The Lewes-Rehoboth Canal may not have made the state’s list of waterways to be dredged, but that doesn’t mean it’s the end of the story. The mayors of Lewes, Rehoboth Beach, Henlopen Acres and Dewey Beach have signed and sent a letter to the state’s federal delegation asking for their help.
Dated Aug. 31 and signed by Mayors Ted Becker, Stan Mills, Dale Cooke and Joni Reich, the letter expresses their mutual concern over the state of the canal and requests the support of Sen. Tom Carper, Sen. Chris Coons and Congresswoman Lisa Blunt Rochester in asking the U.S. Army Corps of Engineers to maintenance dredge the entire 10-mile-long canal. It’s been nearly 20 years since it was last dredged, the letter says.
“In its current condition, the canal barely meets the demands of the boating public, which due to the heavy accumulation of silt, now has a very diminished expectation of using it based on the unreliability of channel depth,” reads the letter.
The submission of the letter by the mayors came to light during a Henlopen Acres commissioners meeting Sept. 10. Reich brought the subject forward as information to the other commissioners, all of whom agreed maintenance was necessary. Commissioner Tim Hidell said the town should send the letter to the North Shores community, noting, “You know, the letter could end up in front of someone pretty important over there, or at least his wife.”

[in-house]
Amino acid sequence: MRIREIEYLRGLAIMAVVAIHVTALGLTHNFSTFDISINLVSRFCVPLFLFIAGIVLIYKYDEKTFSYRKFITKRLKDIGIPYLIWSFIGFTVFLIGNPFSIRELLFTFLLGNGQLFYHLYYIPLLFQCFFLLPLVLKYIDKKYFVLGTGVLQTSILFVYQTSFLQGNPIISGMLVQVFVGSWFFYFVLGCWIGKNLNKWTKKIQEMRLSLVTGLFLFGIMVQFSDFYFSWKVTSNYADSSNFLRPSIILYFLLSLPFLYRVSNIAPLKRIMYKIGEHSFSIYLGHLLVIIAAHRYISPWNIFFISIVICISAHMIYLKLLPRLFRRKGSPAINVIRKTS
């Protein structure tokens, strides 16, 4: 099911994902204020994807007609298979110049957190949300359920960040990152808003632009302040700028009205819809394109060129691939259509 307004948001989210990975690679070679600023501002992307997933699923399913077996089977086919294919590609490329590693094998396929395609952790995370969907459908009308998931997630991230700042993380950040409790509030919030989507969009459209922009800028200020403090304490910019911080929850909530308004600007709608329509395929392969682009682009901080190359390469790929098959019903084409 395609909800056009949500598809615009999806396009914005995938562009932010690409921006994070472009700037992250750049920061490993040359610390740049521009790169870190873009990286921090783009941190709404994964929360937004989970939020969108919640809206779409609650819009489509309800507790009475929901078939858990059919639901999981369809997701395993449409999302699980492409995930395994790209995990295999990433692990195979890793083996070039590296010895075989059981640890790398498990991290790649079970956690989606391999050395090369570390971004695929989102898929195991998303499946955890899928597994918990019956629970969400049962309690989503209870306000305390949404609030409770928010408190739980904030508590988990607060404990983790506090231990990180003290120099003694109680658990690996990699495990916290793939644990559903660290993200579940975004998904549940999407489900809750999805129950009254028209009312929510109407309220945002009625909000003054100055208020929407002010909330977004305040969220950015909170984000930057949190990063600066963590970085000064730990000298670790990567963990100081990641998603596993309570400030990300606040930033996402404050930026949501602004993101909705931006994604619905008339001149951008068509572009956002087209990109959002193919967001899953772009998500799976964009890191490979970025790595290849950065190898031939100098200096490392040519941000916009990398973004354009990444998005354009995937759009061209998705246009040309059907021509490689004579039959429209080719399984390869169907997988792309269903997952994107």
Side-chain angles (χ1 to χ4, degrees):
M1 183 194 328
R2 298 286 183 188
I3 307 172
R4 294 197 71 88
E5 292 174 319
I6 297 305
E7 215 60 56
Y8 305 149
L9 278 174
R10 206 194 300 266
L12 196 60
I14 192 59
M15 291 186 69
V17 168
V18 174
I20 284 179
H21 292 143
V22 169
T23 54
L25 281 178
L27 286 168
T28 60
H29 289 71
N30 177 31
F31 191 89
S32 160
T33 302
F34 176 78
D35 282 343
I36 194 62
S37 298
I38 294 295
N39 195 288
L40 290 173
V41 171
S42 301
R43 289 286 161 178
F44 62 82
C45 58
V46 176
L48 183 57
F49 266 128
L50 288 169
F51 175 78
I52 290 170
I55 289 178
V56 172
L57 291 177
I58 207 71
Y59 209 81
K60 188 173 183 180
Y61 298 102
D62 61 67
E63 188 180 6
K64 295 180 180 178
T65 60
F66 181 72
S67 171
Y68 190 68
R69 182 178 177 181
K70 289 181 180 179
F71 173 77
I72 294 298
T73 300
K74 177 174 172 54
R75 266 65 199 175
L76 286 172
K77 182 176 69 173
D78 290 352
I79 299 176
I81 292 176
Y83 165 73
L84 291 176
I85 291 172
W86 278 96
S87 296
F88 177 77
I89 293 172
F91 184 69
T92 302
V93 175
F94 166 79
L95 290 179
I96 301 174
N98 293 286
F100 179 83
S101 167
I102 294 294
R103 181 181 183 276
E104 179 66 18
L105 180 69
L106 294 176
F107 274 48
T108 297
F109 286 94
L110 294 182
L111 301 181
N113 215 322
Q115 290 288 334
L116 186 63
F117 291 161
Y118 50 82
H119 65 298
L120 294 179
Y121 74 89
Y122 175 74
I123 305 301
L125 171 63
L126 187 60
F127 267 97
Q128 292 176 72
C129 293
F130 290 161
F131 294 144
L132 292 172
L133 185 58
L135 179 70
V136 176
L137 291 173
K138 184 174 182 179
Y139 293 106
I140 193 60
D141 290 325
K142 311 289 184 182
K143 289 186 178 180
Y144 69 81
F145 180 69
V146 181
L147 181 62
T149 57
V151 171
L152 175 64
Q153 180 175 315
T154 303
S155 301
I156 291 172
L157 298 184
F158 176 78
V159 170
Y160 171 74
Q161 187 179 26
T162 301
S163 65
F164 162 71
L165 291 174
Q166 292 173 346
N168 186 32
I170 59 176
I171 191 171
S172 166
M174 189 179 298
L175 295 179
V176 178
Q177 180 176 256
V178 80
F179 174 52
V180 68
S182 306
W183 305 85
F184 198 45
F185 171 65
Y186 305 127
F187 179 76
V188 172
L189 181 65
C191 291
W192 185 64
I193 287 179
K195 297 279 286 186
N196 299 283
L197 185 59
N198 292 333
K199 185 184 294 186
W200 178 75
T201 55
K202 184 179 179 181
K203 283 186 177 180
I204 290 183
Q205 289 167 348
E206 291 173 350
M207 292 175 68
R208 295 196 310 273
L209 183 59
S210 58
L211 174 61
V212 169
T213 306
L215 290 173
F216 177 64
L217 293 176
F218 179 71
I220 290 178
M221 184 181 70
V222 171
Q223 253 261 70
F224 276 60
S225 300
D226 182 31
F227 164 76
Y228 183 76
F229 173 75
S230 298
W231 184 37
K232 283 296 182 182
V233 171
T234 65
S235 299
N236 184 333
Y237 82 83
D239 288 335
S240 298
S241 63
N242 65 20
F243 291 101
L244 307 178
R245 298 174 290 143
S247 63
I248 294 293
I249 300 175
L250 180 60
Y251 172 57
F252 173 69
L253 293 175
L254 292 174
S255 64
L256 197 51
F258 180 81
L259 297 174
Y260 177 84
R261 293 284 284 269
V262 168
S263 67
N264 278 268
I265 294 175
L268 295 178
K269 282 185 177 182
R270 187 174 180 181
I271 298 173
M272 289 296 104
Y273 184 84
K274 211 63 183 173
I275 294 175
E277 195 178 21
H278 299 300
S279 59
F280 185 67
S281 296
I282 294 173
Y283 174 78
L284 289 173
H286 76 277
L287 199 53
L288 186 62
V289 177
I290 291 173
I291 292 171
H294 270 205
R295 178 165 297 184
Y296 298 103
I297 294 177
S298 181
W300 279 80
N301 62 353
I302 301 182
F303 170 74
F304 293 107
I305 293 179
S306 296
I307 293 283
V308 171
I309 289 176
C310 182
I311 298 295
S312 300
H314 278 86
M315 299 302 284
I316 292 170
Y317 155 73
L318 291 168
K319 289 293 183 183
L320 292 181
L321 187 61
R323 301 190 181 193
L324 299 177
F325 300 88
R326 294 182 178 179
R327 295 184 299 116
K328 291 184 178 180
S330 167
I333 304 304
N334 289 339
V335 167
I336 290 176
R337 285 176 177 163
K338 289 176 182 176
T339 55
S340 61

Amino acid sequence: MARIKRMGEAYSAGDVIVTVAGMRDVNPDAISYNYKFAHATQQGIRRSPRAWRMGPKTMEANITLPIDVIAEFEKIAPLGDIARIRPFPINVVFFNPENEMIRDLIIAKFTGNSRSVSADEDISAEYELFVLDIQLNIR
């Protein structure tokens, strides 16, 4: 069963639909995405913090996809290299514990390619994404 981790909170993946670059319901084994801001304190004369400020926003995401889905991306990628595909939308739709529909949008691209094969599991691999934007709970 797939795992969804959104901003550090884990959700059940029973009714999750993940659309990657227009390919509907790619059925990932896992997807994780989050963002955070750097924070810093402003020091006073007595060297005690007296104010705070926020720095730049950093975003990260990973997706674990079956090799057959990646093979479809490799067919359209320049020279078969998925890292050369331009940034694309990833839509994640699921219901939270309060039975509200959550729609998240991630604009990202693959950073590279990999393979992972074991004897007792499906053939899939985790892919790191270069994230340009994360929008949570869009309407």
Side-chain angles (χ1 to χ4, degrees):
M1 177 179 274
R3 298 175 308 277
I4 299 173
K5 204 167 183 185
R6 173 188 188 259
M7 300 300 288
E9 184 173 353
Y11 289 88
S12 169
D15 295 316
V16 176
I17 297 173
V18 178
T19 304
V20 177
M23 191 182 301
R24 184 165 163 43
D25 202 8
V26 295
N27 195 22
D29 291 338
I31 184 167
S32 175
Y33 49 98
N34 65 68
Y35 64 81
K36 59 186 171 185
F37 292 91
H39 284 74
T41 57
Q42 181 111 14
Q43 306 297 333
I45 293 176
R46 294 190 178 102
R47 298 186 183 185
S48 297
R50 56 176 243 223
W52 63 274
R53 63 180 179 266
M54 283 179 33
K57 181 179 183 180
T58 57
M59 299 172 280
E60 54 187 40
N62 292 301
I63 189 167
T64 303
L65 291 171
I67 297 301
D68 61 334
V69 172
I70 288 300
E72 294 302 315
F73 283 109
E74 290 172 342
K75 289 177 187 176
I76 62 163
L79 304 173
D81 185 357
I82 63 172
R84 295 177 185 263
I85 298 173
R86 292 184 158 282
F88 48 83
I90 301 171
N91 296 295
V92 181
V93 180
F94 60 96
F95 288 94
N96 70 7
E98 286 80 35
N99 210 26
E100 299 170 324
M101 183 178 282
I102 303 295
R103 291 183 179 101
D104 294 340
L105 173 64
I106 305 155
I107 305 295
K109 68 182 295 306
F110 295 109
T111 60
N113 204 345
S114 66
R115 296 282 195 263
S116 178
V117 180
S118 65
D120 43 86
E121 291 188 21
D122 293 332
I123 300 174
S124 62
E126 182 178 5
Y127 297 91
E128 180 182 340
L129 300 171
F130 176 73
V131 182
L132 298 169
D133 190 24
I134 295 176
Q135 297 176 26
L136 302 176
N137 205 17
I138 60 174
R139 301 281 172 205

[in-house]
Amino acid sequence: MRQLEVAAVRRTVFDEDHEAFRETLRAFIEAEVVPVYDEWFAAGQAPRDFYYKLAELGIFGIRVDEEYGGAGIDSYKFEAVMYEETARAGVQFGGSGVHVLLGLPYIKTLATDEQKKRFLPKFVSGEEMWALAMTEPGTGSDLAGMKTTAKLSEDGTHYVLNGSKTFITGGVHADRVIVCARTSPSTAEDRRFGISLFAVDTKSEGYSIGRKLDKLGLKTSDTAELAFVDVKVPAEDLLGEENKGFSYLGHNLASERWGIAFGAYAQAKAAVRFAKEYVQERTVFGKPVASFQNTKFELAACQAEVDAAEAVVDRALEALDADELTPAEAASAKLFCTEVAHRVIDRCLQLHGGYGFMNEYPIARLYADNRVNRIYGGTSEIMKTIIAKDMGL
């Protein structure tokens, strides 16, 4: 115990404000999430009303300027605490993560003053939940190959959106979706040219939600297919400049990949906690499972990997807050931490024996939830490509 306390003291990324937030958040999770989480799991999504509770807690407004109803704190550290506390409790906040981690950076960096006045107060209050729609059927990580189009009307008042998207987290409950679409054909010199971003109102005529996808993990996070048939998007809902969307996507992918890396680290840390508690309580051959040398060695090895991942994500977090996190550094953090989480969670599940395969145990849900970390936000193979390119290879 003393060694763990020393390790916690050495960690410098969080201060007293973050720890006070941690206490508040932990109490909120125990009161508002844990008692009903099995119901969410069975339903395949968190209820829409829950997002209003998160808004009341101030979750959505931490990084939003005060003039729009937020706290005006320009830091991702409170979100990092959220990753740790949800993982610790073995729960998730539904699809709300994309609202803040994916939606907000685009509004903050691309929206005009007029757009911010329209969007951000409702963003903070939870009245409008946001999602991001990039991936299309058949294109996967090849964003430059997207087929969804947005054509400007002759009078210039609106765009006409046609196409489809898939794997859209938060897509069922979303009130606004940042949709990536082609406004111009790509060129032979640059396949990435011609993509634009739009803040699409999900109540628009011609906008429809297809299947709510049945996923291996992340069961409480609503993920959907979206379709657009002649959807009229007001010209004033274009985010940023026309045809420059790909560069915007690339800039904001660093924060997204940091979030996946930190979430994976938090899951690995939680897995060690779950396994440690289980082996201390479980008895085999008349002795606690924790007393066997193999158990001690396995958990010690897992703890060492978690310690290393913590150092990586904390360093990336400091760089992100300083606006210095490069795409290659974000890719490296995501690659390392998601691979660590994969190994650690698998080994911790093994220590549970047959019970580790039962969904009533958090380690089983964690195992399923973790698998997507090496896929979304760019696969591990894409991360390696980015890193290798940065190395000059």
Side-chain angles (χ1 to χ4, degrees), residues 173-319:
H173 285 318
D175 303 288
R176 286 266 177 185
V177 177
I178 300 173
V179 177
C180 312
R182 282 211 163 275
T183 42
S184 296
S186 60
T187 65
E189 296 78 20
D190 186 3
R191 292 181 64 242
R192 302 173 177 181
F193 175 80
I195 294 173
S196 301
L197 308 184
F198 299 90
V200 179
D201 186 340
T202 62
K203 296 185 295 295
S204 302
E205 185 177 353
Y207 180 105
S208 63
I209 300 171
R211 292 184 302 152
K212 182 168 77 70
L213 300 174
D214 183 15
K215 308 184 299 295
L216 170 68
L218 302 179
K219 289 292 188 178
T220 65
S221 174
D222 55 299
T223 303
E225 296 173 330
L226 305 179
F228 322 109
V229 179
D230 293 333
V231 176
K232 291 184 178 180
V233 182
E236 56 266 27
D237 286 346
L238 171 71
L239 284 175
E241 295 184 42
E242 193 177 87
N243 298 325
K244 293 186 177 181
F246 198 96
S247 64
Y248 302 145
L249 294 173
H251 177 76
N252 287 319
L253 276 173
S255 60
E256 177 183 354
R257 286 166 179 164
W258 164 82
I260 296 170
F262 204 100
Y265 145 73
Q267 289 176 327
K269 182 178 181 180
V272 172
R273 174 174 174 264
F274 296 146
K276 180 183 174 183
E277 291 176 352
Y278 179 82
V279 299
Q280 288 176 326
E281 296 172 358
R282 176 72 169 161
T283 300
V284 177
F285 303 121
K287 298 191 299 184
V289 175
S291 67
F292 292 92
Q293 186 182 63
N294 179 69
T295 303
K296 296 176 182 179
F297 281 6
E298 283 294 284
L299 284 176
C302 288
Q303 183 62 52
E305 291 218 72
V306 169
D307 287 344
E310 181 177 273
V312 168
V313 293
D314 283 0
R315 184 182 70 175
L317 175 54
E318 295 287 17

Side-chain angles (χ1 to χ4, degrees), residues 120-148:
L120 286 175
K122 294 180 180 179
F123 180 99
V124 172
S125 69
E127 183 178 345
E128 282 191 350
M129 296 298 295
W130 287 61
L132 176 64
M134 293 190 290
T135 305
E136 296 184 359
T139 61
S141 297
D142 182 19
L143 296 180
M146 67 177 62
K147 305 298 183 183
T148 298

Specifically to Henlopen Acres, Town Manager Tom Roth said when the town dredges its marina, the basin begins to silt back in almost immediately because the floor of the canal is roughly two feet higher than the floor of the marina.
The letter says if the canal is brought back to Corps-designed depths, then properly maintained and marked, “[it] will flourish as a well-used waterway with both transportation and scenic tourism attractiveness.”
Several reasons why the canal should be dredged are listed in the letter – the new canal access dock in Rehoboth, the Lewes Canalfront Park marina, the Henlopen Acres marina and the boat ramp at Roosevelt Inlet.
The canal requires infrastructure maintenance investment to return it to the specifications it was designed and originally built to, says the letter.
“Imagine the future where the Lewes and Rehoboth Canal serves its full potential. Right now, it certainly cannot,” said the letter.
Rehoboth Beach commissioners were slated to discuss the letter during their meeting Friday, Sept. 17.